Red Wings: Reverse Retro Extravaganza

Hockey jerseys are endlessly fascinating and intricately beautiful. At least they are to me; my apologies to my wonderful partner who has listened to me blither about jerseys on many an occasion (shout-out to you Katie).

Many nights have been spent going down the rabbit hole of NHL jersey history. Also yes, some hockey purists would detract points from me for saying ‘jersey’ instead of ‘sweater’. I will occasionally use ‘sweater’ as a change of pace, but to me there is a big difference between the original uniform tops of hockey players and the tops of today.

Gone are the days of woolen tops that were affectionately called ‘sweaters’, instead today jerseys are made of a combination of synthetic fibers and starting last season around 50% recycled material. Therefore, I mainly refer to hockey tops as jerseys instead of sweaters. Hockey purists have mercy on me.

As a hockey jersey enthusiast, my disappointment was immeasurable and my day was ruined when the Red Wings revealed their reverse retro jersey two years ago. A note to readers on what “reverse retro” means and is supposed to encompass.

The NHL had the idea to release a specialty line of jerseys, one for every team, that would be worn occasionally for one season. The idea was that the jerseys should bring in retro elements from the team’s past, with updated (“reversed”) colors, striping, logo, etc.

I had such high hopes based on some of the fantastic jerseys Detroit has donned for special occasions since 2000. The letdown felt particularly poignant when I saw some of the awesome jerseys released side-by-side as part of the inaugural reverse retro class. A few of my favorites included Arizona’s (the Space Coyote is whimsically alluring), Carolina’s (the Whalers had a great kit) and Los Angeles’ (finally the return of the royal colors).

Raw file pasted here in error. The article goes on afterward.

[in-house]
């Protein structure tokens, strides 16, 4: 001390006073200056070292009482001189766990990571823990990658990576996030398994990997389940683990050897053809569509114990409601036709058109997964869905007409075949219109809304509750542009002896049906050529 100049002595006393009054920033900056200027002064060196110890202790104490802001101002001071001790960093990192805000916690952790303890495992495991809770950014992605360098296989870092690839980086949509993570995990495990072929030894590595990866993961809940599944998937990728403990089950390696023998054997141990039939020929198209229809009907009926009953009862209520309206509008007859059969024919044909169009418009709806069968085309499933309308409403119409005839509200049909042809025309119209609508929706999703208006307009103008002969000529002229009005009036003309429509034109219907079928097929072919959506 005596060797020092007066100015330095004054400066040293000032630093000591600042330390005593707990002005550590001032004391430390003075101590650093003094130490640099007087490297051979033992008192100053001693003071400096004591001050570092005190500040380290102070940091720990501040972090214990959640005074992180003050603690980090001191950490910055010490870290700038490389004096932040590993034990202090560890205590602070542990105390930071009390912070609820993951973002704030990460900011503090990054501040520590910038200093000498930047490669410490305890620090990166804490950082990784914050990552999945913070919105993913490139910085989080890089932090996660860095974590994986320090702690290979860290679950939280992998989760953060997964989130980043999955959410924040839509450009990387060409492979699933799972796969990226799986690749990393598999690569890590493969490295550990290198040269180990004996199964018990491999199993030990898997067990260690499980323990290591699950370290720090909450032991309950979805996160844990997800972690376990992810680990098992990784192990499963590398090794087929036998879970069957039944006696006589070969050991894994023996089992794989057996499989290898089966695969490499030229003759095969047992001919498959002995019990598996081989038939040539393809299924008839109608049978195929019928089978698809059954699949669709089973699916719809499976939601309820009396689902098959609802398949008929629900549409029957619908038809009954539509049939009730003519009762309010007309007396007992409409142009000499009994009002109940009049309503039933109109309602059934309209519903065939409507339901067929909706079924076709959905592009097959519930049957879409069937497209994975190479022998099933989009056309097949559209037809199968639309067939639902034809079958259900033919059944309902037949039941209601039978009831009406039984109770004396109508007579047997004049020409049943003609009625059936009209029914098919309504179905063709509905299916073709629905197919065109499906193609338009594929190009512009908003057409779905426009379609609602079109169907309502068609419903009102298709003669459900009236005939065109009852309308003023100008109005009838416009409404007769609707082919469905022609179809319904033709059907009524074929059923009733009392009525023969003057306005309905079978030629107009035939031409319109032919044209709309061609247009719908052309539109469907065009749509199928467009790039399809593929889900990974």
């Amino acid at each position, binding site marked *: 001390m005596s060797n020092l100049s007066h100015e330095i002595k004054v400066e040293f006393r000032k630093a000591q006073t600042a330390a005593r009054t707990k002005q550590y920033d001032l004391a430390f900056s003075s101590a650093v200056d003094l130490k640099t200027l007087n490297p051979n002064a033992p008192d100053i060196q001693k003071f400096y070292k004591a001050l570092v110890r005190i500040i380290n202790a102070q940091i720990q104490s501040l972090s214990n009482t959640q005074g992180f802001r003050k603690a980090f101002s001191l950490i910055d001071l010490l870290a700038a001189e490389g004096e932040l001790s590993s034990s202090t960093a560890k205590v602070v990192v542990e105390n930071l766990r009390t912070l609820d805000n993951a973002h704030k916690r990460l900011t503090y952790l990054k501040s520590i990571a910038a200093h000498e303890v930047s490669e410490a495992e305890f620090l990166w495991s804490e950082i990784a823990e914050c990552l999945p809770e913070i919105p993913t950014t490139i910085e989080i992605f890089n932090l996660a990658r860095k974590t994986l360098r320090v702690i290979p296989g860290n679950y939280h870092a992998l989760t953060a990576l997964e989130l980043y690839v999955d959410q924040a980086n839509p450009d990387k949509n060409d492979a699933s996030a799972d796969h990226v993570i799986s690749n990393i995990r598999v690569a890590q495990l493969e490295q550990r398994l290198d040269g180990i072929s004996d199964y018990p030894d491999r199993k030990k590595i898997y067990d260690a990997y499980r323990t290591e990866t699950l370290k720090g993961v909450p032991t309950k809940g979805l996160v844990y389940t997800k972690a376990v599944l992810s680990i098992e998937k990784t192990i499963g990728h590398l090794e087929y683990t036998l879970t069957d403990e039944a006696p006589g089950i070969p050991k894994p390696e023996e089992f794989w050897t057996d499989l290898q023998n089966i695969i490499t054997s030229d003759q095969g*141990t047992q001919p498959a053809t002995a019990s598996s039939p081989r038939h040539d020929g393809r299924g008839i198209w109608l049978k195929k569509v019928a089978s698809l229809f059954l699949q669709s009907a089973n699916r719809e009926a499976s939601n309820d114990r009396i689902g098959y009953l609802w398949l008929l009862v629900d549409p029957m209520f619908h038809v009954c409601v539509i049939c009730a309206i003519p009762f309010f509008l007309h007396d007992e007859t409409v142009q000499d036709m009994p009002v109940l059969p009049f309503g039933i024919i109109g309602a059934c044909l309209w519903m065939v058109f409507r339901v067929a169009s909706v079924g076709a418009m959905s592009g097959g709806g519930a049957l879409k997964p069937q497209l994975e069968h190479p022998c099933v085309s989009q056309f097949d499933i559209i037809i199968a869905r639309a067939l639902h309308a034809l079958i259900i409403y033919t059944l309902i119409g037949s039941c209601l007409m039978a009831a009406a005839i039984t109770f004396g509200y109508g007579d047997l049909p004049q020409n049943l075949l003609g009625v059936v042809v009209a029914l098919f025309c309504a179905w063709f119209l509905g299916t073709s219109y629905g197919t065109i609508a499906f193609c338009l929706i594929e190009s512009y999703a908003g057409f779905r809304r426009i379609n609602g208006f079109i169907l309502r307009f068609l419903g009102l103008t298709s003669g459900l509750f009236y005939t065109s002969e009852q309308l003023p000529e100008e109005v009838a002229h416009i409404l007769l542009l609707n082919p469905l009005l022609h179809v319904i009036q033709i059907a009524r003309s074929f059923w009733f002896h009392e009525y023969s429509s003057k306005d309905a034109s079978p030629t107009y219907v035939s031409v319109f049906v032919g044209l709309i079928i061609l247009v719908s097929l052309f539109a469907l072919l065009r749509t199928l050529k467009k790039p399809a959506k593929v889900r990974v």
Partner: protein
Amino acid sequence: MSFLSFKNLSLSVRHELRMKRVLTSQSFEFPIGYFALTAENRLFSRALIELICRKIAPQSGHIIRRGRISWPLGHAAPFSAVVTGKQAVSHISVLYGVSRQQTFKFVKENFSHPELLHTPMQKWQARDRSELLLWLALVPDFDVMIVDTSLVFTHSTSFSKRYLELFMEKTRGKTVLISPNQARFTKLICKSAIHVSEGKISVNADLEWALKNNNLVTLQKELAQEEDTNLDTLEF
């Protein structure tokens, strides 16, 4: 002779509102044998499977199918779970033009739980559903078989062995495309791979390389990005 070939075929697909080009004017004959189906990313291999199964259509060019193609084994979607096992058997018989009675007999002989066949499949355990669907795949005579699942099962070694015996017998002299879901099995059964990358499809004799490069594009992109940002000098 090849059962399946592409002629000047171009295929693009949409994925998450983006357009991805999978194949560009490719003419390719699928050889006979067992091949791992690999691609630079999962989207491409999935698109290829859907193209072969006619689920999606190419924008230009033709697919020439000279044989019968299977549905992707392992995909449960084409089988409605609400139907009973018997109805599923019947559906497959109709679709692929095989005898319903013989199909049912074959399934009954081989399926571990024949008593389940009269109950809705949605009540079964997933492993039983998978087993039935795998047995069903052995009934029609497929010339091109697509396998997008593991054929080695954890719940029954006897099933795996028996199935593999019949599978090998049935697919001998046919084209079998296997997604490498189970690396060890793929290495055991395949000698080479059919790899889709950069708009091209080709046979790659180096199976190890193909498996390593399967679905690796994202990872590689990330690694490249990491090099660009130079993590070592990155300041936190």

Yes, yes, I understand the design concept behind the Red Wings’ reverse retro. I get that it was the white jersey striping pattern (essentially our current red home jersey striping pattern) paying homage to Detroit jerseys from pre-1956. I also understand that the Red Wings don’t have a lot of colors to work with from the team’s history, so they chose to go with the silver that was found in the Centennial Classic jersey. I understand all of that, but the fact of the matter is that the overall design (as seen at the top of this article) just did not work.

Many complaints about the design were that it appears to be  unfinished, causing it to look like a practice jersey. I fully agree with these complaints. It gave me strong vibes of me in high school working on a project where we had to build a model of a brain. My partner, Reed, and I were quite slow in our creative process (watching too many movies). With only a couple of days left, I was worried we weren’t going to have a finished project. I walked into Reed’s house, and to my delight he had stayed up late and finished the brain model by himself. I was lucky that I had a partner who went above and beyond to create a great finished project. Unfortunately for the Red Wings, they did not have a Reed in their creative department.

Those are the vibes I got when first laying eyes upon the jersey. Mercifully, we didn’t have to see these jerseys until late in the 2020-2021 season. Alright, enough bashing of the last reverse retro jersey for the Red Wings. Instead, let’s now focus on the potential options for the next reverse retro debuting this upcoming season.